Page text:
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The Lebrecht Weekly

 

Visit every week to read Norman Lebrecht's latest column. [Index]


The English interpreter

By Norman Lebrecht / November 26, 2008


The shocking death of the irrepressible Richard Hickox, who died this weekend at 60 in the throes of a recording session, has silenced one of the most entrepreneurial podium characters. A self-starter from the age of three when he took the organ seat while his vicar father preached in Stokenchurch, Buckinghamshire, Hickox founded his own orchestra after coming down from Cambridge and was among the first to canvass City of London financial support while directing the LSO Chorus.

The range of his involvements extended from a festival at the tip of Cornwall to the Sydney Opera House, where he was music director since 2005, and it was typical of the manís hunger for music that he should have been recording a Holst rarity in Wales this weekend just ahead of the dress rehearsal for Vaughan Williamsí Rider to the Sea at English National Opera (the show will go on tomorrow under ENOís music director, Ed Gardiner).

His 300 recordings, 280 of them with the Chandos label, ranked him among the ten most prolific conductors on record. If his style lacked the last refinements of elegance and mystique there was no faulting Hickox on passion or detail. His advocacy of English music, in particular, was second to none. He was the first to perform the complete Vaughan Williams symphonies 15 years ago, and his recent London cycle with the Philharmonia was a huge success.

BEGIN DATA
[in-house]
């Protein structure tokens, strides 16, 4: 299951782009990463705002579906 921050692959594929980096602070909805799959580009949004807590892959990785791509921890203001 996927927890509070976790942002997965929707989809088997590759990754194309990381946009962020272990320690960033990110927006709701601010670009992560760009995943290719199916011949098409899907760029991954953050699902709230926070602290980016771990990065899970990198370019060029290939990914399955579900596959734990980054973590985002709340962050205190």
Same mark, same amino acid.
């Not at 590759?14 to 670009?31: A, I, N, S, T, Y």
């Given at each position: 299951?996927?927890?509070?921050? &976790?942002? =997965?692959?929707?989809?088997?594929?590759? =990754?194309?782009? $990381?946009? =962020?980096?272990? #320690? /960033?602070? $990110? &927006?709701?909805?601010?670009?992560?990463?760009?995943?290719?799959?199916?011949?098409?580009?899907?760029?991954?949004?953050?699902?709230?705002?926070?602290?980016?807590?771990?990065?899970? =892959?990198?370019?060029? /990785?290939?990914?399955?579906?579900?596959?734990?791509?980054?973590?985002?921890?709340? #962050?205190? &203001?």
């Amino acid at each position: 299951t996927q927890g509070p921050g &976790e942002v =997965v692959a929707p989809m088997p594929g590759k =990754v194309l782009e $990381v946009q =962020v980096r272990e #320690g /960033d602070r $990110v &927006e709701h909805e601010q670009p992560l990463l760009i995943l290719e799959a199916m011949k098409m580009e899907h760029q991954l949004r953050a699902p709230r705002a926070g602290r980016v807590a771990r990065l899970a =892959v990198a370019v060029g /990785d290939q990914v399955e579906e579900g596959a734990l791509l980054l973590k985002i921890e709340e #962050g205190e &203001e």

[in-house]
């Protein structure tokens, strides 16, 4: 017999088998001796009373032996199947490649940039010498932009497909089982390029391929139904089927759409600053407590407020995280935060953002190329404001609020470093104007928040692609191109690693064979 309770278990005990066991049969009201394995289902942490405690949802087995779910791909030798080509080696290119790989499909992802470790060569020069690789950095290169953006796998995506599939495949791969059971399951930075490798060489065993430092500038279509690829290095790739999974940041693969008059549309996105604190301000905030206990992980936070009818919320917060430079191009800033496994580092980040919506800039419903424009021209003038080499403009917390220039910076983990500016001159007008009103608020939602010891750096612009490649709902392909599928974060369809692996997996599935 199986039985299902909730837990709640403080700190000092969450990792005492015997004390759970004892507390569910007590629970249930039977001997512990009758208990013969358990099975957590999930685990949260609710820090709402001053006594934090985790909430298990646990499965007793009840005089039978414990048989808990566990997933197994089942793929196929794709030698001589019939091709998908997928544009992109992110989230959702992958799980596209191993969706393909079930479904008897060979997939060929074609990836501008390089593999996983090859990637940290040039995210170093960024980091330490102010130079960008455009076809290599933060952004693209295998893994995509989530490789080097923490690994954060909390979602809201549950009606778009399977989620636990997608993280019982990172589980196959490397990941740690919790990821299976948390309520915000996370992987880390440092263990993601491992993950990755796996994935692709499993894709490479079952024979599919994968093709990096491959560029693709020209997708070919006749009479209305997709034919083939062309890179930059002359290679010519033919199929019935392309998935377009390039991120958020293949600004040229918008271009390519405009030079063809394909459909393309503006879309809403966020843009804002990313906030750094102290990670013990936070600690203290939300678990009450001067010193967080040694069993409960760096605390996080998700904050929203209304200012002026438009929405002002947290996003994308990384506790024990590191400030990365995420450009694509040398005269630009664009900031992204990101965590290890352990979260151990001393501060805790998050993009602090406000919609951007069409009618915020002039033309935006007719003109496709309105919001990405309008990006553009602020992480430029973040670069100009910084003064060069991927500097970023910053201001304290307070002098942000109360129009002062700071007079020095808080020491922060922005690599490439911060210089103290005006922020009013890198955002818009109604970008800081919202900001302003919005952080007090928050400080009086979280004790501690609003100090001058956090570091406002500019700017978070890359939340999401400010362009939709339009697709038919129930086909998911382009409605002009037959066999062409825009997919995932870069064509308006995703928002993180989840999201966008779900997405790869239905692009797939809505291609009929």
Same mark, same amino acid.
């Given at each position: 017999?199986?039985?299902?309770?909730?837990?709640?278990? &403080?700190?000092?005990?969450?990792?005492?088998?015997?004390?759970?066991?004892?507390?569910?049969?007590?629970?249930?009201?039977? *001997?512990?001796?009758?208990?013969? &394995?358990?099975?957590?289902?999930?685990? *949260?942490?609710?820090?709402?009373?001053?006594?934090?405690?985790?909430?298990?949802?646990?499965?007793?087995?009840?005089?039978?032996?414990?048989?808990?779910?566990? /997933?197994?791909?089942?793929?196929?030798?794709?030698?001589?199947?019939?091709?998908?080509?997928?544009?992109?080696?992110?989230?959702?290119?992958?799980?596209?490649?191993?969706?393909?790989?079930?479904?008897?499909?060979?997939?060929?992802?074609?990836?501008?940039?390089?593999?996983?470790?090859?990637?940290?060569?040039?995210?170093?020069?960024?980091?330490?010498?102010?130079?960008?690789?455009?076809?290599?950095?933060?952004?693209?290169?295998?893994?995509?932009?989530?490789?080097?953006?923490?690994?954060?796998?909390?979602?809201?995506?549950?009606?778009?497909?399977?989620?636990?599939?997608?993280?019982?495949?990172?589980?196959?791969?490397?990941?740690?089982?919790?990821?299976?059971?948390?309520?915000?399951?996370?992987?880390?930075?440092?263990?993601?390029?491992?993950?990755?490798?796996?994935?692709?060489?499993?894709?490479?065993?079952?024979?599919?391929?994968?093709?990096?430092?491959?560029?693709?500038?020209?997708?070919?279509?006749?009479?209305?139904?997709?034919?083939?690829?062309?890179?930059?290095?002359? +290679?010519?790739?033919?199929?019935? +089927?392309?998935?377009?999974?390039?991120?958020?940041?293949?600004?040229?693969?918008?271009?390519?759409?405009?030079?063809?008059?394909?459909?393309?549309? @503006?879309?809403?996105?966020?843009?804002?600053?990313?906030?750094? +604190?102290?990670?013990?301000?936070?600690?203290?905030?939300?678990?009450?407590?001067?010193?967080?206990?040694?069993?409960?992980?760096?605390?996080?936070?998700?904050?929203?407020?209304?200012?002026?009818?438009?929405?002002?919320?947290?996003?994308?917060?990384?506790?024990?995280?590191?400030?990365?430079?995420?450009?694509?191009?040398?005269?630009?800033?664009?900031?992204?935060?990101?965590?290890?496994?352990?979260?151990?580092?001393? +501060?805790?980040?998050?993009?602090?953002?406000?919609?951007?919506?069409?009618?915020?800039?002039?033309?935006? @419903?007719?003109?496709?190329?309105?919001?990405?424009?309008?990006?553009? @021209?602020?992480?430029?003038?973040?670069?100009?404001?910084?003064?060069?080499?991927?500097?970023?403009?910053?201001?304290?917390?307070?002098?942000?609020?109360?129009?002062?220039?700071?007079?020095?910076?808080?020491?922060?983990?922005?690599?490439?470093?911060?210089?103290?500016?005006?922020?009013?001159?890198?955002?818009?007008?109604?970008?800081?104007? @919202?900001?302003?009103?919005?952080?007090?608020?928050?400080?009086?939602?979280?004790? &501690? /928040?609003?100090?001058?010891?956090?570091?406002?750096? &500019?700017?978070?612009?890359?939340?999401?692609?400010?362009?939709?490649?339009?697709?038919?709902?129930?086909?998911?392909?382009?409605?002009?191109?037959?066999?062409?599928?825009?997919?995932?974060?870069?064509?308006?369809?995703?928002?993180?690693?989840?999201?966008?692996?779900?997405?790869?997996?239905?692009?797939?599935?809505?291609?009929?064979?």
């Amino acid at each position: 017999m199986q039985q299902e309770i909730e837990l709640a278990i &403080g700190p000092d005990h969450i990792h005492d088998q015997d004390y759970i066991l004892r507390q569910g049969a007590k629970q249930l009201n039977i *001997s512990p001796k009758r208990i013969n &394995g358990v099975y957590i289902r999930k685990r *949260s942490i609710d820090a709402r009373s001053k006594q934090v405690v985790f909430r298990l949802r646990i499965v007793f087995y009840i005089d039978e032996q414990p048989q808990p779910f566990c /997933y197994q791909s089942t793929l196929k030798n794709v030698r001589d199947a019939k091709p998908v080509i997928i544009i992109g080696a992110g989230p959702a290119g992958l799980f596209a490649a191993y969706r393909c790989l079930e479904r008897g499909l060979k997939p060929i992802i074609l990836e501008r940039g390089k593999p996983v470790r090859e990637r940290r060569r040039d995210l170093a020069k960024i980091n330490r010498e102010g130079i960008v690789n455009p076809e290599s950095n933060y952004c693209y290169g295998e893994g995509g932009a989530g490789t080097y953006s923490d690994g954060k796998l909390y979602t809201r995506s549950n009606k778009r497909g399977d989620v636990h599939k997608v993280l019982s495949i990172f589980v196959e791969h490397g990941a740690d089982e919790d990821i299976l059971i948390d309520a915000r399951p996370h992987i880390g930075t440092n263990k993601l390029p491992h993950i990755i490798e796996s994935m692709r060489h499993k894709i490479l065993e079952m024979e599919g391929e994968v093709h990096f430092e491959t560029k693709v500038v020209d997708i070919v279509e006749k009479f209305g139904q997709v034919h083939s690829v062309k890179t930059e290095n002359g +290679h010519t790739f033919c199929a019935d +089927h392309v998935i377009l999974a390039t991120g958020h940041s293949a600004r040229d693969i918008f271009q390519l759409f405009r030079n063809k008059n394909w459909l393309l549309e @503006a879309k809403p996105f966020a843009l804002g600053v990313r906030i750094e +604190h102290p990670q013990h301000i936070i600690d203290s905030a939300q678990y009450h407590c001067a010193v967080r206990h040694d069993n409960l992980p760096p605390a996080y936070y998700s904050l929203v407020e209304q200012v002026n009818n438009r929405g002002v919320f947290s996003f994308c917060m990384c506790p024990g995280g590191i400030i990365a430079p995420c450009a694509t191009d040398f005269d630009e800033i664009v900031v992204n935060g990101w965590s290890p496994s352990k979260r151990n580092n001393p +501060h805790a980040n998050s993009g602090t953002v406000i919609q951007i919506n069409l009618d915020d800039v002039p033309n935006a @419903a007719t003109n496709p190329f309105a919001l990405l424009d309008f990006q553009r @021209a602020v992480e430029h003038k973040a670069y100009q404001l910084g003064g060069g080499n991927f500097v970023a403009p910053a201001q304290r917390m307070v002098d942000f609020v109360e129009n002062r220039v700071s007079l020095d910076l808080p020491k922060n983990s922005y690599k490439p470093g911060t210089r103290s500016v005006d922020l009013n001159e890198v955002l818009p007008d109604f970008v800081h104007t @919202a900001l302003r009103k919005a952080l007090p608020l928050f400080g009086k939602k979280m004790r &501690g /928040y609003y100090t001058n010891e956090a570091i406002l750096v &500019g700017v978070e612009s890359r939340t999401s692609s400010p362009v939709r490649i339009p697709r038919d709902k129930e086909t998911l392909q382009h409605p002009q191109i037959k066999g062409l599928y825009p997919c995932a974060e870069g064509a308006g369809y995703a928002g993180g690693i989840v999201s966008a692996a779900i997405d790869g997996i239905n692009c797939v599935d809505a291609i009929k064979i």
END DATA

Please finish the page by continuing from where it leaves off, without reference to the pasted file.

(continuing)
On record, his account of the original 1913 version of the London Symphony is in a class of its own. There is a terrific Carmina Burana with the LSO, as well as the complete choral works of Herbert Howells and a reverential Mendelssohn Elijah that show his feel for Anglican tradition. But it is a Catholic, Edmund Rubbra, whom Hickox espoused more convincingly than any modern interpreter. In the hands of Richard Hickox, the reticent Rubbra began to sound like a full English Bruckner.

Essential Hickox:

Vaughan Williams London Symphony (Chandos, LSO)

Handel Alcina (EMI, with Arleen Auger)

Rubbra 9th symphony (Chandos, BBC Nat. Chorus and Orch. Of Wales)

To be notified of the next Lebrecht article, please email mikevincent at scena dot org


Visit every week to read Norman Lebrecht's latest column. [Index]


 

 

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